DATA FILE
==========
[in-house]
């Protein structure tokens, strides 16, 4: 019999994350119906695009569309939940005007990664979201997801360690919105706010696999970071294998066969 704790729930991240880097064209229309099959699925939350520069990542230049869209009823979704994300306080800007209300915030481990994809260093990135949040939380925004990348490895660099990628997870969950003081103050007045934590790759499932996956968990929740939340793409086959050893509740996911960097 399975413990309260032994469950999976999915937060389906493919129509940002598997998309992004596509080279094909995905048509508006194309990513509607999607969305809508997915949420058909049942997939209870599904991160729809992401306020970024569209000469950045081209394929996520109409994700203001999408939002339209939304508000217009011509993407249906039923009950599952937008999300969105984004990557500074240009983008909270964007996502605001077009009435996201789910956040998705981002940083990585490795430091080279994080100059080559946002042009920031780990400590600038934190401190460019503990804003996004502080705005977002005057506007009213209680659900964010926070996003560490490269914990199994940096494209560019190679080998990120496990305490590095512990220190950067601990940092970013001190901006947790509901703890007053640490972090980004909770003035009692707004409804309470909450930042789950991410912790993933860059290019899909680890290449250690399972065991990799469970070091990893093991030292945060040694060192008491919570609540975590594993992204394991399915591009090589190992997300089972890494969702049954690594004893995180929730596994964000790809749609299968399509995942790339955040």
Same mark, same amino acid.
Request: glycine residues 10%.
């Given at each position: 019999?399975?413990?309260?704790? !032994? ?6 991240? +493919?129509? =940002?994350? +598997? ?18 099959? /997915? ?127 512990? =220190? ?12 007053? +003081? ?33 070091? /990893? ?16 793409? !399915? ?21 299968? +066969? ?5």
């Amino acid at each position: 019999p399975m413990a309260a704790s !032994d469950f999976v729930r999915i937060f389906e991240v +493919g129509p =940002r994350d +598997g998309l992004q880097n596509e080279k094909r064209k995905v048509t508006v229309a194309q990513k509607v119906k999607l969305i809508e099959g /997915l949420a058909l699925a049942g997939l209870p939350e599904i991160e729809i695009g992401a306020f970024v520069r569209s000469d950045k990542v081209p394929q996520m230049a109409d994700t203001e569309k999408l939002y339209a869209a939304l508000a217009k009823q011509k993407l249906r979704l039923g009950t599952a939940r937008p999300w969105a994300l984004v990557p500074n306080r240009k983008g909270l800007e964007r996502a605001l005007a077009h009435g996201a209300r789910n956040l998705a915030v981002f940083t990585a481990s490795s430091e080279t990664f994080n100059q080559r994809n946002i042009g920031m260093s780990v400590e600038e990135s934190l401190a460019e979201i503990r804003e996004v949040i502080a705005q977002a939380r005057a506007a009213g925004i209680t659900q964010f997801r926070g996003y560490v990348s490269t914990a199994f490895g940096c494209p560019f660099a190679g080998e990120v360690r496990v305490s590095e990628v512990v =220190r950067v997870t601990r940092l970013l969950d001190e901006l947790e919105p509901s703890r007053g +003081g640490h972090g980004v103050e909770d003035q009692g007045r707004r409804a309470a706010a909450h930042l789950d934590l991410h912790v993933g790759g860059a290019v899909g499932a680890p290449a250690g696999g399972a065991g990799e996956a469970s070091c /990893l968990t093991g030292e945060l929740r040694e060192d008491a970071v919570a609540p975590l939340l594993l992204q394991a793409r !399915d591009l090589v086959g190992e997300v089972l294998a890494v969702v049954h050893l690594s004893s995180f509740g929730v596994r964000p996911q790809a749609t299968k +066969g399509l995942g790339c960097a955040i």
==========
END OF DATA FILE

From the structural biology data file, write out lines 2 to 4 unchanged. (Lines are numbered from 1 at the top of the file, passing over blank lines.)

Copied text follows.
């Protein structure tokens, strides 16, 4: 019999994350119906695009569309939940005007990664979201997801360690919105706010696999970071294998066969 704790729930991240880097064209229309099959699925939350520069990542230049869209009823979704994300306080800007209300915030481990994809260093990135949040939380925004990348490895660099990628997870969950003081103050007045934590790759499932996956968990929740939340793409086959050893509740996911960097 399975413990309260032994469950999976999915937060389906493919129509940002598997998309992004596509080279094909995905048509508006194309990513509607999607969305809508997915949420058909049942997939209870599904991160729809992401306020970024569209000469950045081209394929996520109409994700203001999408939002339209939304508000217009011509993407249906039923009950599952937008999300969105984004990557500074240009983008909270964007996502605001077009009435996201789910956040998705981002940083990585490795430091080279994080100059080559946002042009920031780990400590600038934190401190460019503990804003996004502080705005977002005057506007009213209680659900964010926070996003560490490269914990199994940096494209560019190679080998990120496990305490590095512990220190950067601990940092970013001190901006947790509901703890007053640490972090980004909770003035009692707004409804309470909450930042789950991410912790993933860059290019899909680890290449250690399972065991990799469970070091990893093991030292945060040694060192008491919570609540975590594993992204394991399915591009090589190992997300089972890494969702049954690594004893995180929730596994964000790809749609299968399509995942790339955040």
Same mark, same amino acid.
Request: glycine residues 10%.